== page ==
Anne Hathaway went from the sublime to the ridiculously awful by following her remarkable performance in Rachel Getting Married with the loathsome Bride Wars. It’s a laugh-free, ugly, broad comedy about a pair of accomplished best friends who devolve into psychotic enemies when they book the same hotel on the same day for their upcoming nuptials. Kate Hudson erases fond memories of Almost Famous with a grating turn as a professional barracuda who will do anything to destroy her formerly mild-mannered closest chum. That’s women for you: dangle a wedding in front of them that will make them into pretty, pretty princesses for a day, and they instantly turn into screeching she-devils.
11. I Love You, Beth Cooper
Based on Larry Doyle’s novel, I Love You, Beth Cooper has a pretty strong premise: What if the shy high-school valedictorian, in a fit of pique, used his speech to declare his love for the cheerleader he never had the courage to talk to before? And when he actually got to know her, would he be able to reconcile the real girl with the impossibly high standards of his fantasy girl? It would be perfect for someone like Judd Apatow, who’s made identifiable awkwardness his stock in trade, but director Chris Columbus (Home Alone, Stepmom) seems to have picked up all his insights into adolescence from bad John Hughes films and ’80s slobs-vs.-snobs comedies. It doesn’t help that his largely unknown lead actor, Paul Rust, is a 28-year-old who doesn’t look a day over 30. The eight-year age difference between Rust and his object of affection, Hayden Panettiere, suggests that if he can’t date her, he could perhaps babysit her.
10. Downloading Nancy
Maria Bello plays a deeply unhappy woman who escapes her wretched life by cutting and burning herself, and by having creepy sexual encounters with men she meets on the Internet. Jason Patric plays one of those men: a sadist who agrees to torture and kill Bello. This is a movie about miserable people wallowing in their misery, but Downloading Nancy is too self-serious to sting. Its characters are duds, with predictably bleak backstories that fail to flesh out all the scenes of violent degradation. Downloading Nancy is the worst kind of exploitation film: the kind that doesn’t know it’s an exploitation film, but instead thinks it’s saying something profound.
9. Old Dogs
Much worse than a ball-to-the-groin kiddie comedy starring Robin Williams and a delicate-looking John Travolta ought to be, Old Dogs strings together one slapstick situation after another and calls it a plot. Worse, it cuts the yuks with sticky sentimentality. Most movies would be too ashamed to use a dog’s funeral to tug at the heartstrings. Here, it almost counts as a subtle moment, sandwiched between scenes of Williams as a human puppet and co-star Seth Green being cradled by a gorilla. Making it extra sad: It’s Bernie Mac’s last movie, the least fortunate swan song since Orson Welles’ turn in 1986’s Transformers: The Movie.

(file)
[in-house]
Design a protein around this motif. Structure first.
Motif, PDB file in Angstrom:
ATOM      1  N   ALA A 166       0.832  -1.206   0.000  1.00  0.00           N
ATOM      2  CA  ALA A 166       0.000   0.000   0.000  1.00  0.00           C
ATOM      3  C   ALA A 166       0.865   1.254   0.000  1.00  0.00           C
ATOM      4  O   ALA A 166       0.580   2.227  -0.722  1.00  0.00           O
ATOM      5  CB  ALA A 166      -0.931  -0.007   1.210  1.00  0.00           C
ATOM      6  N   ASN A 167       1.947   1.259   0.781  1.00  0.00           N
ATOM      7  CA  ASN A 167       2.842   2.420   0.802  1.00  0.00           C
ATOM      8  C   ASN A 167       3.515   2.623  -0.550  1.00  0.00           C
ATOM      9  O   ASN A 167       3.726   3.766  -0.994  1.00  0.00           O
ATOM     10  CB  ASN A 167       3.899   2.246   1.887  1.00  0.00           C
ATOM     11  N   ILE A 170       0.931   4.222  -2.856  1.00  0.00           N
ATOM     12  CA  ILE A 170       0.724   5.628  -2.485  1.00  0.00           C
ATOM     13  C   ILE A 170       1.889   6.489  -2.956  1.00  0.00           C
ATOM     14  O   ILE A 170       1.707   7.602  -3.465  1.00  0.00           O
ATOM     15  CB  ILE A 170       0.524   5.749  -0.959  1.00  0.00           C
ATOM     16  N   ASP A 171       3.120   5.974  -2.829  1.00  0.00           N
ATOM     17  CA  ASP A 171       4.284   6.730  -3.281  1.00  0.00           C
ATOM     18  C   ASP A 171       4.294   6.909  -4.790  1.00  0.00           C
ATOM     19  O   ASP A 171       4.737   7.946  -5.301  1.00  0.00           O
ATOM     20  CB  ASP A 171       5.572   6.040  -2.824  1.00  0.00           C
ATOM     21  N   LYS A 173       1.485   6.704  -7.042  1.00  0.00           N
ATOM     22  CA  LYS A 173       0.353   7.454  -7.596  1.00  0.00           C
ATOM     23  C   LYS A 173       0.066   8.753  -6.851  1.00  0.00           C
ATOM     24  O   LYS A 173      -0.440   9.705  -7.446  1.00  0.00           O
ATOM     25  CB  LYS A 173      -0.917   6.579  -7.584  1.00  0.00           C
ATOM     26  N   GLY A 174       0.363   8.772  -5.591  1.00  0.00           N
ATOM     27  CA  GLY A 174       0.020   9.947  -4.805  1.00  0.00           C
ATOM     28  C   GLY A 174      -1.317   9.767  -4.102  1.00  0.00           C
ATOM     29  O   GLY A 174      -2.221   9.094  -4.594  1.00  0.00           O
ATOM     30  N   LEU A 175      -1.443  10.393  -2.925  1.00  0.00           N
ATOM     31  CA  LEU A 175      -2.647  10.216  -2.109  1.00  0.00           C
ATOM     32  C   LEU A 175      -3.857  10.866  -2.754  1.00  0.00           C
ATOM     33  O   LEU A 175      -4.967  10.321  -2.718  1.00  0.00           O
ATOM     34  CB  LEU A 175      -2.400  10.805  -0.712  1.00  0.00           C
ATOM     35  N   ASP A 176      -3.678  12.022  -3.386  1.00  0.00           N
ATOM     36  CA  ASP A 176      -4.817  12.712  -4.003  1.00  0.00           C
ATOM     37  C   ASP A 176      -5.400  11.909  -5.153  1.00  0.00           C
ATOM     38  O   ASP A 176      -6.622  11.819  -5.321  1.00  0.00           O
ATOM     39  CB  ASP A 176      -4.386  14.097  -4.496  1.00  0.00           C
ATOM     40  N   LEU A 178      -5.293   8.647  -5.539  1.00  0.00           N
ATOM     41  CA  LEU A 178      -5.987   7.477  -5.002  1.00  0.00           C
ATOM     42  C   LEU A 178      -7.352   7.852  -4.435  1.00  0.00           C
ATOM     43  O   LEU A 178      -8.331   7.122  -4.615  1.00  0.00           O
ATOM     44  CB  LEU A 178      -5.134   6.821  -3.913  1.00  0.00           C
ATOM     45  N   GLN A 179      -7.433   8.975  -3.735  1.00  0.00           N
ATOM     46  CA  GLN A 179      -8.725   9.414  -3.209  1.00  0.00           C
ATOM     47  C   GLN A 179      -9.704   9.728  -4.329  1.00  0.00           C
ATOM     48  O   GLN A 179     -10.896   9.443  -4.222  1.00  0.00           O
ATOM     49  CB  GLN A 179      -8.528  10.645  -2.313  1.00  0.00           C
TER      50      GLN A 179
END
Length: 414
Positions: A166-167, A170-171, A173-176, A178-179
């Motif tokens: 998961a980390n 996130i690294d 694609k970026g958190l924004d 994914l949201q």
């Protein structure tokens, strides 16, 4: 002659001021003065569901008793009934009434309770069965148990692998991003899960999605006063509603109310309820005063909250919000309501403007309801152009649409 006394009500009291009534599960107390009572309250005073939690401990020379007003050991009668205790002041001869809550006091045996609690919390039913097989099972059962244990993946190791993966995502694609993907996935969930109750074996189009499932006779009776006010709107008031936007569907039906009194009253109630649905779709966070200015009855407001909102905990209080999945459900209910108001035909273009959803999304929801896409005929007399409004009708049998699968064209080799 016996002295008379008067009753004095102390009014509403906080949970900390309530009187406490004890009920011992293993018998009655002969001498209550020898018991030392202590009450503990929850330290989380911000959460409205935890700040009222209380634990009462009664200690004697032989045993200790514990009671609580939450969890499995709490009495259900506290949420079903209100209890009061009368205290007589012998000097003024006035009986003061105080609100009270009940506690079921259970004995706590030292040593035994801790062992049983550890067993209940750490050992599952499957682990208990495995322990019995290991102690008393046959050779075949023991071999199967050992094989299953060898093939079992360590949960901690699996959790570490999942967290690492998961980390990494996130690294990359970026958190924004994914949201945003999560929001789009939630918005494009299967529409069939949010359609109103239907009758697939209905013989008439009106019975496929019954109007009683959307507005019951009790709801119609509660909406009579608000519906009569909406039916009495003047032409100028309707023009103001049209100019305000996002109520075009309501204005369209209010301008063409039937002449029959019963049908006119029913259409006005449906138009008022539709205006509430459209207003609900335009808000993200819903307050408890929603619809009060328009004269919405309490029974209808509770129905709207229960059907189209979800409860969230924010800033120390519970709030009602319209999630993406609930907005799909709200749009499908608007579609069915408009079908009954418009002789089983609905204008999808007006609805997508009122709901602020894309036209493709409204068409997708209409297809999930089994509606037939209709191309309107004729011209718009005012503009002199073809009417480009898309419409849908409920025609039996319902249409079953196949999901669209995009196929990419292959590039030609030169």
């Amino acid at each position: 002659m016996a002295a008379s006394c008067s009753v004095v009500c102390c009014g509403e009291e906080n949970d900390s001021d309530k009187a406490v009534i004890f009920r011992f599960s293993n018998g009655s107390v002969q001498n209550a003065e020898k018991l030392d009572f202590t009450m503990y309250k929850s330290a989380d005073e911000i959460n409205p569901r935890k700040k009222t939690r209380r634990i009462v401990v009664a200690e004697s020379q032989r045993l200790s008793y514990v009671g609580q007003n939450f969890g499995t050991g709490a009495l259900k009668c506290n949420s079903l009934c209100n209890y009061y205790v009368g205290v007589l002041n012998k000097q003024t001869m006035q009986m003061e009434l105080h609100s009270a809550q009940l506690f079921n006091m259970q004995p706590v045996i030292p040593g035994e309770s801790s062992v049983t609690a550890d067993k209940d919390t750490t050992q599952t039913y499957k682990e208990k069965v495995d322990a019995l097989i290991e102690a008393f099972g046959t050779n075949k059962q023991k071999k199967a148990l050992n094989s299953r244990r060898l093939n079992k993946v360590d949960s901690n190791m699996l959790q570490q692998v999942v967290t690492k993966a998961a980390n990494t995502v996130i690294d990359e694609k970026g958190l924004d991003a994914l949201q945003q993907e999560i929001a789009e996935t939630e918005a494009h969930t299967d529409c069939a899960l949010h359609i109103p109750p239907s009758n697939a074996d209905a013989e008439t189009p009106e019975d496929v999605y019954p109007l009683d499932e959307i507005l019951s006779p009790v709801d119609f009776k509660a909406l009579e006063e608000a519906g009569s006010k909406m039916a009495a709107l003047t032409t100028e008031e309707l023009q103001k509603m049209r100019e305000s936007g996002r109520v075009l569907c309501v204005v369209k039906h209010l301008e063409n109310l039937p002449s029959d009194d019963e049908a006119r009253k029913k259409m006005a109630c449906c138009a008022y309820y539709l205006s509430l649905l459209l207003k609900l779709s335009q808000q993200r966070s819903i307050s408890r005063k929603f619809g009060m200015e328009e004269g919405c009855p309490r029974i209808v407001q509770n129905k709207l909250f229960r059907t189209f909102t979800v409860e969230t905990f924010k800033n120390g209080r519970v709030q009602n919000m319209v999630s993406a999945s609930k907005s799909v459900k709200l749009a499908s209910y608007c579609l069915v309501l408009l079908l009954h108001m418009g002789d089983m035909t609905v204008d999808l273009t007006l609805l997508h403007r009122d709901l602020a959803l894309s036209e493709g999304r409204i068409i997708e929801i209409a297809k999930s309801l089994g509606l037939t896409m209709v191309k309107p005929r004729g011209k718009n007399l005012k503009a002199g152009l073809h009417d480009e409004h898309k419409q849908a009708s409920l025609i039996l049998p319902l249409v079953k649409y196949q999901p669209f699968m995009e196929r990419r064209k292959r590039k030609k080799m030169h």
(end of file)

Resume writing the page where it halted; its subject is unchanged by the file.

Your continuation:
8. Fired Up
Much like I Love You, Beth Cooper, this cheerleading comedy also forgoes the gentle self-deprecation of the Apatow school in favor of retro-’80s crassness, but in the slobs-vs.-snobs divide, it squarely falls on the side of the snobs. The spectacularly obnoxious horndogs in Fired Up, played by Nicholas D’Agosto and Eric Christian Olsen, are cool, confident football stars and skirt-chasers, like two proto-Van Wilders joined at the hip. Their decision to forego athletics in order to attend cheerleading camp—figuring, not unwisely, that the male-to-female ratio will tilt heavily in their favor—leads to a creepily predatory comedy where the boys more or less have the run of the place. (Only the head cheerleader resists; the other 299 are open for business.) The silver lining: The film’s box-office failure insured that “You have to risk it to get the biscuit” was not the catchphrase on everyone’s lips in 2009.
7. The Ugly Truth
Katherine Heigl’s history of making ill-advised, self-aggrandizing comments in public has made her a figure of scorn, which is too bad, because Heigl actually has a winning screen presence. But she doesn’t make it any easier on herself when she stars in witless, regressive chick-flicks like The Ugly Truth, in which she plays a career woman too fussy to achieve her true purpose in life: landing a man. Gerard Butler plays the loutish self-help guru who helps Heigl tap into her inner sex goddess, but nothing about their boy-meets/loses/etc.-girl story has anything to do with how actual grown-ups behave. Like too many romantic comedies these days, The Ugly Truth is about the irritating quirks and shallow goals of stock characters.
6. All About Steve
Producer Sandra Bullock traded in her America’s Sweetheart persona for a bizarre, tone-deaf character turn as a deeply disturbed crossword-puzzle constructor (one habitually clad in lipstick-red hooker boots that make her toes feel “like 10 friends out on a camping trip”) who stalks strapping cameraman Bradley Cooper after an aborted one-night stand. Bullock plays the kind of grating, delusional, motor-mouthed, excruciatingly awkward lunatic people cross the street to avoid, yet the filmmakers inexplicably expect audiences to find her quirky and delightful.
5. Transformers: Revenge Of The Fallen